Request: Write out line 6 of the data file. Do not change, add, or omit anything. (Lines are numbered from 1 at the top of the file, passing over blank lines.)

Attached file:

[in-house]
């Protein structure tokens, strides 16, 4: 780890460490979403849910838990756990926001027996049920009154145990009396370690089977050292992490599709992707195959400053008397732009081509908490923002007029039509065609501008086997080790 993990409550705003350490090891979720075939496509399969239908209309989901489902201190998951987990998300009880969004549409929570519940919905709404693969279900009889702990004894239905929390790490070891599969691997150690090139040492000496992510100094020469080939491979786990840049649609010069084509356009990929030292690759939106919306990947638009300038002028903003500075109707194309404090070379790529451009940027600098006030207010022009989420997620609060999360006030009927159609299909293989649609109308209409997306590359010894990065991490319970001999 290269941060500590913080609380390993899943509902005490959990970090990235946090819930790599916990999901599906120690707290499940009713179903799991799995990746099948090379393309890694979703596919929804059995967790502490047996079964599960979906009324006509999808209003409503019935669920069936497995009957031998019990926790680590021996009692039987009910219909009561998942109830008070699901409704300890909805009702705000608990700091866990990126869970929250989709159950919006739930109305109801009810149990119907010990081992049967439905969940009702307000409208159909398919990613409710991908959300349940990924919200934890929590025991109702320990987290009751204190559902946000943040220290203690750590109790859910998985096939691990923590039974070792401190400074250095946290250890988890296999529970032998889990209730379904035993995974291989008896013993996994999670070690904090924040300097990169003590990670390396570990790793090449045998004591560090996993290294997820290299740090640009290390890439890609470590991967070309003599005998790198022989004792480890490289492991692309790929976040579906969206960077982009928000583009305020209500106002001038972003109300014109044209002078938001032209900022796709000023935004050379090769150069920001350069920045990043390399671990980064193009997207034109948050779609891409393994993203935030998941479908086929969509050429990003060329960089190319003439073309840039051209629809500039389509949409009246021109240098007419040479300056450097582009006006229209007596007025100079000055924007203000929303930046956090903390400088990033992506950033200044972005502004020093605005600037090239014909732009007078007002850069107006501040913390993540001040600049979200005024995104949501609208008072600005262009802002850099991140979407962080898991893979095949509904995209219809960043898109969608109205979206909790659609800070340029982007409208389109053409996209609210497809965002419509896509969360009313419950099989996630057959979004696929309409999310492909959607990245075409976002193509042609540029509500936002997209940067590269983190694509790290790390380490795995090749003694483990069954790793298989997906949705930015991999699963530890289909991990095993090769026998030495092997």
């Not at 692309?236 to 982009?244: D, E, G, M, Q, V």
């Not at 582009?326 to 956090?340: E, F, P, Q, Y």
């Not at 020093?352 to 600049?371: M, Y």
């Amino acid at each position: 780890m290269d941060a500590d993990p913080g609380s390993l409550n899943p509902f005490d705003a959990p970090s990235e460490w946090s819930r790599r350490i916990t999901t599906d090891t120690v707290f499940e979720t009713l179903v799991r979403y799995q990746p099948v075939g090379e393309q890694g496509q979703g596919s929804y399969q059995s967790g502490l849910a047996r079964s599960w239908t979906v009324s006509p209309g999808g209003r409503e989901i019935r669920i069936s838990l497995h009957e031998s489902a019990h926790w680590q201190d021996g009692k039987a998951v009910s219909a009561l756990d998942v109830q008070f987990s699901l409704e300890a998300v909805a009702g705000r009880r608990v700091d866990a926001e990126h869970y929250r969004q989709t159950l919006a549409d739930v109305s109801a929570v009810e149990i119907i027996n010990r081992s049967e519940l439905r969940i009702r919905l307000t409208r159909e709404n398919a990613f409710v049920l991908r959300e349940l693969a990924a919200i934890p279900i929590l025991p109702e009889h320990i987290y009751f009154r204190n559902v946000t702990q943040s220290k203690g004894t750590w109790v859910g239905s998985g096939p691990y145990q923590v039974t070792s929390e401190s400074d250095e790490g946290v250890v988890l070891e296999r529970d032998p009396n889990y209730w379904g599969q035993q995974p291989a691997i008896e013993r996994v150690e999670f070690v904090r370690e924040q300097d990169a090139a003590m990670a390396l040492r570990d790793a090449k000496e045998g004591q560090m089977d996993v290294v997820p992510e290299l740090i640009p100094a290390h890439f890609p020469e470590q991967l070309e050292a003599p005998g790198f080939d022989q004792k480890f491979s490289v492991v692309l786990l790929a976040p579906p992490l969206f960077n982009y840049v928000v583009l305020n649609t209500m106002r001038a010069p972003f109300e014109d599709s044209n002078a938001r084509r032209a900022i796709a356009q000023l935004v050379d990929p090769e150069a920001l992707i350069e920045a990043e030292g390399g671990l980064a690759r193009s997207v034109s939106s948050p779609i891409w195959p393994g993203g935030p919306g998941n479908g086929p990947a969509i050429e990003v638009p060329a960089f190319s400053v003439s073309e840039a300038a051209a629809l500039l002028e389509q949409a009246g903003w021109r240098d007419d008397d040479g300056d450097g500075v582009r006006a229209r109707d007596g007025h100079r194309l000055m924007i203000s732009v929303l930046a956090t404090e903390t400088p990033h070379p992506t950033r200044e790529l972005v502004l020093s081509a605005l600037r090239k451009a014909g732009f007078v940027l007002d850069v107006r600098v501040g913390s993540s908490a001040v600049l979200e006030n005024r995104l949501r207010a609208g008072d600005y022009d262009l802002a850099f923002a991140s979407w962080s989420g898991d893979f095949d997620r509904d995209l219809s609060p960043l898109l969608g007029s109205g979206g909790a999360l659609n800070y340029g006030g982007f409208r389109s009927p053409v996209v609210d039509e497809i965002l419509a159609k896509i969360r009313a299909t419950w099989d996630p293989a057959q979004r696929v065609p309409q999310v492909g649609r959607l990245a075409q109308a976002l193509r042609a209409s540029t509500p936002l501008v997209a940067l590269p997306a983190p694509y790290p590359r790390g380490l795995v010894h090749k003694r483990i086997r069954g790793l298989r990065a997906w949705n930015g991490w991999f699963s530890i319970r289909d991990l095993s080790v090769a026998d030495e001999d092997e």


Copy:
């Amino acid at each position: 780890m290269d941060a500590d993990p913080g609380s390993l409550n899943p509902f005490d705003a959990p970090s990235e460490w946090s819930r790599r350490i916990t999901t599906d090891t120690v707290f499940e979720t009713l179903v799991r979403y799995q990746p099948v075939g090379e393309q890694g496509q979703g596919s929804y399969q059995s967790g502490l849910a047996r079964s599960w239908t979906v009324s006509p209309g999808g209003r409503e989901i019935r669920i069936s838990l497995h009957e031998s489902a019990h926790w680590q201190d021996g009692k039987a998951v009910s219909a009561l756990d998942v109830q008070f987990s699901l409704e300890a998300v909805a009702g705000r009880r608990v700091d866990a926001e990126h869970y929250r969004q989709t159950l919006a549409d739930v109305s109801a929570v009810e149990i119907i027996n010990r081992s049967e519940l439905r969940i009702r919905l307000t409208r159909e709404n398919a990613f409710v049920l991908r959300e349940l693969a990924a919200i934890p279900i929590l025991p109702e009889h320990i987290y009751f009154r204190n559902v946000t702990q943040s220290k203690g004894t750590w109790v859910g239905s998985g096939p691990y145990q923590v039974t070792s929390e401190s400074d250095e790490g946290v250890v988890l070891e296999r529970d032998p009396n889990y209730w379904g599969q035993q995974p291989a691997i008896e013993r996994v150690e999670f070690v904090r370690e924040q300097d990169a090139a003590m990670a390396l040492r570990d790793a090449k000496e045998g004591q560090m089977d996993v290294v997820p992510e290299l740090i640009p100094a290390h890439f890609p020469e470590q991967l070309e050292a003599p005998g790198f080939d022989q004792k480890f491979s490289v492991v692309l786990l790929a976040p579906p992490l969206f960077n982009y840049v928000v583009l305020n649609t209500m106002r001038a010069p972003f109300e014109d599709s044209n002078a938001r084509r032209a900022i796709a356009q000023l935004v050379d990929p090769e150069a920001l992707i350069e920045a990043e030292g390399g671990l980064a690759r193009s997207v034109s939106s948050p779609i891409w195959p393994g993203g935030p919306g998941n479908g086929p990947a969509i050429e990003v638009p060329a960089f190319s400053v003439s073309e840039a300038a051209a629809l500039l002028e389509q949409a009246g903003w021109r240098d007419d008397d040479g300056d450097g500075v582009r006006a229209r109707d007596g007025h100079r194309l000055m924007i203000s732009v929303l930046a956090t404090e903390t400088p990033h070379p992506t950033r200044e790529l972005v502004l020093s081509a605005l600037r090239k451009a014909g732009f007078v940027l007002d850069v107006r600098v501040g913390s993540s908490a001040v600049l979200e006030n005024r995104l949501r207010a609208g008072d600005y022009d262009l802002a850099f923002a991140s979407w962080s989420g898991d893979f095949d997620r509904d995209l219809s609060p960043l898109l969608g007029s109205g979206g909790a999360l659609n800070y340029g006030g982007f409208r389109s009927p053409v996209v609210d039509e497809i965002l419509a159609k896509i969360r009313a299909t419950w099989d996630p293989a057959q979004r696929v065609p309409q999310v492909g649609r959607l990245a075409q109308a976002l193509r042609a209409s540029t509500p936002l501008v997209a940067l590269p997306a983190p694509y790290p590359r790390g380490l795995v010894h090749k003694r483990i086997r069954g790793l298989r990065a997906w949705n930015g991490w991999f699963s530890i319970r289909d991990l095993s080790v090769a026998d030495e001999d092997e």